Early Francophone West African foresters were all sent to the Ivory Coast to help with the export cutting. No one stayed in the more fragile (yes, more fragile than rainforest) savanna woodlands of the Sahel which held back the spread of degraded grassland (= desertified grassland). As I observed in my recent work in Mali , the Sahelian forestry agents suffer because they do not participate in cash-crop timber harvesting. They sometimes wait for three months for their salaries, forcing them to arbitrarily fine peasants for "illegal" tree cutting and using the fines for their upkeep. Others set fires and then charge the villagers for violating brushfire control rules.

Recurrent costs such as salaries are a major problem in cash-strapped countries. Recurrent costs are handled in industrialized nations through taxing (mostly urban dwellers and corporations) to pay for the Forest Service salaries. These taxes are a public "grant" to maintain the investment in long-term production (tree growth), genetic diversity (national parks) and recreation; There is no significant taxable urban public or industrial base within most developing countries.

Possible Personal Actions

There is no room for self-righteousness. Parts of Europe and North America suffer from acid-rain deforestation. These nations have not shown a quick response despite their ability to mobilize much more easily than the developing nations.

The reduction of nitrous oxides (causing tree damage near cities) and sulfate compounds should be a major focus of any discussion of deforestation.

It is supposedly a simpler problem in northern industrialized nations than in developing nations because of available technologies (e.g., coal bed reactors) and capital.

I was frankly appalled by the blurb on the back of Signal (a Whole Earth Catalog about personal communication tools) that said the new world was concerned with information, not materials. The information world (especially word processors, computers, and photocopying) has contributed to the 320-percent increase in U.S. consumption of writing and printing paper between 1959 and 1986. This is exactly the opposite of what the original Whole Earth Catalog predicted saying that computers, photocopying, FAX machines or video-literacy would save trees. Signal has no mention of a tree in the whole catalog. If there ever was an important information storage and processing device on the planet (weather quality, soil quality, air quality, fire control), it is a tree. Signal did not (as did earlier catalogs) even mention the amount of pulp (tree flesh) required to print the run of books.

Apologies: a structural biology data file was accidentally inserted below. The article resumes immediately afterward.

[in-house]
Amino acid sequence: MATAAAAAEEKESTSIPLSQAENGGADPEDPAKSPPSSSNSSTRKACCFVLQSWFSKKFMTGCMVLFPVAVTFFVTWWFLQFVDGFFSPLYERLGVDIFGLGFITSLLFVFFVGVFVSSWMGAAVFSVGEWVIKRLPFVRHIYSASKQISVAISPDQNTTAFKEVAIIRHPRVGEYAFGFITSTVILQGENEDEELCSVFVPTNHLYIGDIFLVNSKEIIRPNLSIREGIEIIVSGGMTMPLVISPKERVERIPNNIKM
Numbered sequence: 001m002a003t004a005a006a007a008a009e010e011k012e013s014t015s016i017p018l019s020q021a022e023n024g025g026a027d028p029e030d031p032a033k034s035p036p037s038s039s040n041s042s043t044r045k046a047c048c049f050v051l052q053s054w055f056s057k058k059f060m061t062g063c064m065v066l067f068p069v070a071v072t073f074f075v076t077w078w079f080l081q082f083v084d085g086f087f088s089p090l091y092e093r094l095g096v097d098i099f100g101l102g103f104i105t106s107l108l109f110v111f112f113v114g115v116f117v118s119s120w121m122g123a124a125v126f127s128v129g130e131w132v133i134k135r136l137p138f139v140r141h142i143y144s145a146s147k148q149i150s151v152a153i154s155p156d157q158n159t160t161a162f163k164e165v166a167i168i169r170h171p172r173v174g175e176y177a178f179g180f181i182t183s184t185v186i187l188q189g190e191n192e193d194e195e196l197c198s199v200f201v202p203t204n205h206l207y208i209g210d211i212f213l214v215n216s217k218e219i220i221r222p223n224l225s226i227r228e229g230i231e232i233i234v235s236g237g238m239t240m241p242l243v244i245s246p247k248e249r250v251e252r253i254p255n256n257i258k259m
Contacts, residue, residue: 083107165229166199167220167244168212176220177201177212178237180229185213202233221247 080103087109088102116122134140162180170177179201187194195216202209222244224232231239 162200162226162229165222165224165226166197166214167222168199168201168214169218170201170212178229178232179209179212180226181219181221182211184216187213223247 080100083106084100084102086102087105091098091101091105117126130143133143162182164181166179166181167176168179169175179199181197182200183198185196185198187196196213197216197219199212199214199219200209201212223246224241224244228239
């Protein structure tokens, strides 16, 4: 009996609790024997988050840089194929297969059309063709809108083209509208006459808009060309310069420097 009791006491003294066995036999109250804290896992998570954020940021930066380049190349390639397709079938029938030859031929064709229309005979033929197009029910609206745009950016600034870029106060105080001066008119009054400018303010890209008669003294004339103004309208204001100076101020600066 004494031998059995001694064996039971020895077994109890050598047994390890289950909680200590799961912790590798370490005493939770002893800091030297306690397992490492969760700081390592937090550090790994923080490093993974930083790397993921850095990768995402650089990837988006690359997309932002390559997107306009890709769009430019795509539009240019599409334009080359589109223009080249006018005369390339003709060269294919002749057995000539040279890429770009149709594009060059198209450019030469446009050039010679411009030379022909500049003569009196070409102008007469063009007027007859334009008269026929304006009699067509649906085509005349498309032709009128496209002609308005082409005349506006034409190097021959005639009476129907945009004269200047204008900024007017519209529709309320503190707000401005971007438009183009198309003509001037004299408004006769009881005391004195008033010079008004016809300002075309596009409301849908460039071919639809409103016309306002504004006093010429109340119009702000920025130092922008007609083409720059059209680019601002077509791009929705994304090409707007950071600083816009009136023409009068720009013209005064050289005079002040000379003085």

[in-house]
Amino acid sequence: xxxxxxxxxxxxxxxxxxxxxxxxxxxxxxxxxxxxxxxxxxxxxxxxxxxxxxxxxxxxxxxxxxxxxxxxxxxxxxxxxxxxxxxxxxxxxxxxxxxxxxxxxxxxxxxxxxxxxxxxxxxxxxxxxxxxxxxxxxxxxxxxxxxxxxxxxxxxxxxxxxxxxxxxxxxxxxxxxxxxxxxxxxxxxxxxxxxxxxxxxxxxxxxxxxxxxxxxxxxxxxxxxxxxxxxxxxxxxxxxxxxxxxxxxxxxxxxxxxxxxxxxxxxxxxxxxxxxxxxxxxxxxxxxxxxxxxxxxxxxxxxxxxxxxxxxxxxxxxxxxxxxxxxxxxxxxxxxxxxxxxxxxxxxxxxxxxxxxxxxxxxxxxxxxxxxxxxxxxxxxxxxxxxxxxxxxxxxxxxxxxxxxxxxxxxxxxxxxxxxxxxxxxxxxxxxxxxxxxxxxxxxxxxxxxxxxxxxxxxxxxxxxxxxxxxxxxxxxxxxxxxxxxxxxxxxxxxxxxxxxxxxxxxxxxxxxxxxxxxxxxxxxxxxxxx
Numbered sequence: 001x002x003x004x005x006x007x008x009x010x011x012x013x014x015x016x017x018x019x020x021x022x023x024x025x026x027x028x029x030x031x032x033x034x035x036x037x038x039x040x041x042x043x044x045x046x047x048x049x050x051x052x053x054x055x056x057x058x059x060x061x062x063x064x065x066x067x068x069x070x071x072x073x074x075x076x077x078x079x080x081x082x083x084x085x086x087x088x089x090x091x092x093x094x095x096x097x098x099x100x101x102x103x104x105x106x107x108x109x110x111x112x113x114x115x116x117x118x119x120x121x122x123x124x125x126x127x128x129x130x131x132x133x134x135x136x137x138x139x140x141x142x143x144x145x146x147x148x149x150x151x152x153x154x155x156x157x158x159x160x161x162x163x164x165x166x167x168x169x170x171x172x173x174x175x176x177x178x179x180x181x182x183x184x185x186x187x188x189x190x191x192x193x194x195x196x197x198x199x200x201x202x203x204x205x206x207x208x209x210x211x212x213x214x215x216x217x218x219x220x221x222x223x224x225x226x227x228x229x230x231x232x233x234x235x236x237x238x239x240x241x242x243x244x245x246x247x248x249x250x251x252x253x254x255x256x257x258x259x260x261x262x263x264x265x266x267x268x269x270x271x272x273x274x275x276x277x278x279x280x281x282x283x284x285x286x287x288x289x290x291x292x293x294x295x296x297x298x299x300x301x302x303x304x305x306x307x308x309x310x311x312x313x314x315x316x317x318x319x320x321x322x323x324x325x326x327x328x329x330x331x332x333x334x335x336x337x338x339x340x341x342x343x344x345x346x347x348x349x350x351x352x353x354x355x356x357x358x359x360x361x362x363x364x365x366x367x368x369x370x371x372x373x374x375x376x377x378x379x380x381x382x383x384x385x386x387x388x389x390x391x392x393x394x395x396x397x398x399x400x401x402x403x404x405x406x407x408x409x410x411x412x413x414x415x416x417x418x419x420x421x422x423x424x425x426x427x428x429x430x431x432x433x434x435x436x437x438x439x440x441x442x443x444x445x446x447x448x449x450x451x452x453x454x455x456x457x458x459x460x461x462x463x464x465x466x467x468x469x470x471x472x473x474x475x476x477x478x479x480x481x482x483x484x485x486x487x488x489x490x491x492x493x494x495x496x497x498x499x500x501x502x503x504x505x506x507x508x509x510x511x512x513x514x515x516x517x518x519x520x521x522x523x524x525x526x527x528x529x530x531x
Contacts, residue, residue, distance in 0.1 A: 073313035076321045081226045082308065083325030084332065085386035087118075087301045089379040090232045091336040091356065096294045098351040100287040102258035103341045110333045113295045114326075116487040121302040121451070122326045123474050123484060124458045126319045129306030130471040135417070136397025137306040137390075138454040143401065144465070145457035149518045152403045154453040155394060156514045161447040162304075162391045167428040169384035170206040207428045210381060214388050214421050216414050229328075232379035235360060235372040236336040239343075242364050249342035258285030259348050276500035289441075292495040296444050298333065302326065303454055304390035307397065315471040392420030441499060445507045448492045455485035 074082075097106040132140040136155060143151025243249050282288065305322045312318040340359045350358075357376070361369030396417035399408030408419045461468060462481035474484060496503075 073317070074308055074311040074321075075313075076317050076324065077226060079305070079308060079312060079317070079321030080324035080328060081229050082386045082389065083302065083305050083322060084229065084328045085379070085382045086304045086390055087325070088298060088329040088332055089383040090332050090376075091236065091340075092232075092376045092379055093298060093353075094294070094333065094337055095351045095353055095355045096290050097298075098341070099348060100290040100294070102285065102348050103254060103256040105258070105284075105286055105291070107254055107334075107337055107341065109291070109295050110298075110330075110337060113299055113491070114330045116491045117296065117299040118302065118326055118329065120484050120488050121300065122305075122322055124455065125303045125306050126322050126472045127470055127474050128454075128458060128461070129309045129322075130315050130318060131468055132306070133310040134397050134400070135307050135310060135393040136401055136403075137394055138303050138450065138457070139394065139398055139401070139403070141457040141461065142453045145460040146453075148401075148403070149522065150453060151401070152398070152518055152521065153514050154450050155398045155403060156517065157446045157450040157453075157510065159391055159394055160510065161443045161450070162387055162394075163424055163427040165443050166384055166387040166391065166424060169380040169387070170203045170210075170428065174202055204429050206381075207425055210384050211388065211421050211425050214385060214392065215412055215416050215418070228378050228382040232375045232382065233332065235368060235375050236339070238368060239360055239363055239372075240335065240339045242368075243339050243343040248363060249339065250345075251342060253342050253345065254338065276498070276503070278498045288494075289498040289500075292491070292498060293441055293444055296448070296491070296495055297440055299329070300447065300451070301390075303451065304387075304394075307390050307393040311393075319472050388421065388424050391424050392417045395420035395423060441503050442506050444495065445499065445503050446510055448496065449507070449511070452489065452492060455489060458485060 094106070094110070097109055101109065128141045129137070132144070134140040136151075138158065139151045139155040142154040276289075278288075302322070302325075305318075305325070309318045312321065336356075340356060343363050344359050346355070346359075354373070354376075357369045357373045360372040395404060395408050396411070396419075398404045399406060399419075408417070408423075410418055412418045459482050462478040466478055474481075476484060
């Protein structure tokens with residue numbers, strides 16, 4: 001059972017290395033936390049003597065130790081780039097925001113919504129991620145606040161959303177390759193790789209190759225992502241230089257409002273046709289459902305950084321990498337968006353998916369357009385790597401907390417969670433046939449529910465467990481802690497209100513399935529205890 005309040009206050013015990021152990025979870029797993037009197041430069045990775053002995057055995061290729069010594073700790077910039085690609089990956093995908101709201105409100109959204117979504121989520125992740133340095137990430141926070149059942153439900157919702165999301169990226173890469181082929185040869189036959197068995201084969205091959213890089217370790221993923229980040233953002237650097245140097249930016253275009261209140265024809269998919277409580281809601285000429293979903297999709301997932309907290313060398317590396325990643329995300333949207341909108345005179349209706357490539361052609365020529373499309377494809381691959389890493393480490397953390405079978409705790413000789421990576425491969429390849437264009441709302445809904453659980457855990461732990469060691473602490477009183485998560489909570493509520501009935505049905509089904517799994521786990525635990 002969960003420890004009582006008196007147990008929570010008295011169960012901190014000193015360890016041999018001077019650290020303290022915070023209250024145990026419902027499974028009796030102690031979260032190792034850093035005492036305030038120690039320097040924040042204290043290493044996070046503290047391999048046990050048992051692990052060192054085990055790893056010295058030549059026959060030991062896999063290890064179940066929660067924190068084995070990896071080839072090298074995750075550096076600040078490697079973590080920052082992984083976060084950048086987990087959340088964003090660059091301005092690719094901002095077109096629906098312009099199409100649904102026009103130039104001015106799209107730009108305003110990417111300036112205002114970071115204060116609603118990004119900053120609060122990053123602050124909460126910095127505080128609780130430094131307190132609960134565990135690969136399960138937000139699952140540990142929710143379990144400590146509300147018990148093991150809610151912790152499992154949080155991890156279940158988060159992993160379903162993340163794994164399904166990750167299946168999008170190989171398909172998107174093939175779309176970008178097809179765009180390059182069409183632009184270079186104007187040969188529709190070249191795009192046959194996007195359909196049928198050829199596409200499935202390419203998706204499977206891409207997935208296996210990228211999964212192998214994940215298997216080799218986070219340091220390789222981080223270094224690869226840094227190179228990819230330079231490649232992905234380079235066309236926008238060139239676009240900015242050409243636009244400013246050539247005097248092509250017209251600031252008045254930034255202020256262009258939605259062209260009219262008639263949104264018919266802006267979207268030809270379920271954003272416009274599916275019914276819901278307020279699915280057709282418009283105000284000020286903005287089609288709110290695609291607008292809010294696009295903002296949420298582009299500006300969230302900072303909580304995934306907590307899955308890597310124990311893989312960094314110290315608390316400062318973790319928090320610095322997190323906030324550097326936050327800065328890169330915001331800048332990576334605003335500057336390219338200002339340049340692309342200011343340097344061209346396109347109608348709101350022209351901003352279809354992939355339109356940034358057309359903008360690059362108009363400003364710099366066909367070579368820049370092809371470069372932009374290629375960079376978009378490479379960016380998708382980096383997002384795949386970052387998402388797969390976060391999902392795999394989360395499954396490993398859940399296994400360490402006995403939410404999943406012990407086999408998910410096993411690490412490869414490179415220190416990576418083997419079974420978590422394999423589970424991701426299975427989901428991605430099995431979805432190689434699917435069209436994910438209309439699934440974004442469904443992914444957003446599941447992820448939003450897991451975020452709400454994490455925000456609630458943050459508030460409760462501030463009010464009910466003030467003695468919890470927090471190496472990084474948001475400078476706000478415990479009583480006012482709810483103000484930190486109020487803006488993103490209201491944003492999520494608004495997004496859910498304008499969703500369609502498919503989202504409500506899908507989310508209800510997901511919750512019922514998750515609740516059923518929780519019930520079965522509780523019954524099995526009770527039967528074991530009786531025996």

What I mean is: actions must always start with personal ethics. Many people try to avoid beef grown on cleared rainforest. This is nearly impossible, because major distributors mix up beef from all locations. The only solutions are: don't eat any beef, or promote a congressional law that requires labeling of all beef, or ban all beef imports from the humid tropics, or eat only beef you know has caused no harm to the environment. All require personal commitments to forest maintenance. The easiest is a beef taboo.

But, equally, how many readers try to reduce their paper consumption? Most of my friends use perforated paper for word-processor printing. One side gets used. It is difficult to turn it over and run it through again because of snags. On the other hand, a sheet feeder can re-use paper that has been printed on one side. All drafts can be done on the back of already-used paper. It is easy to switch to single-side printing for the final copy. My first possible action is then a personal one. Switch to a sheet feeder and make a point to tell your friends why. "Small is beautiful" also means that many small acts can have large effects. In this case, on paper-pulp demand. The same (two-sided usage) can be said for re-using photocopy paper for information networking.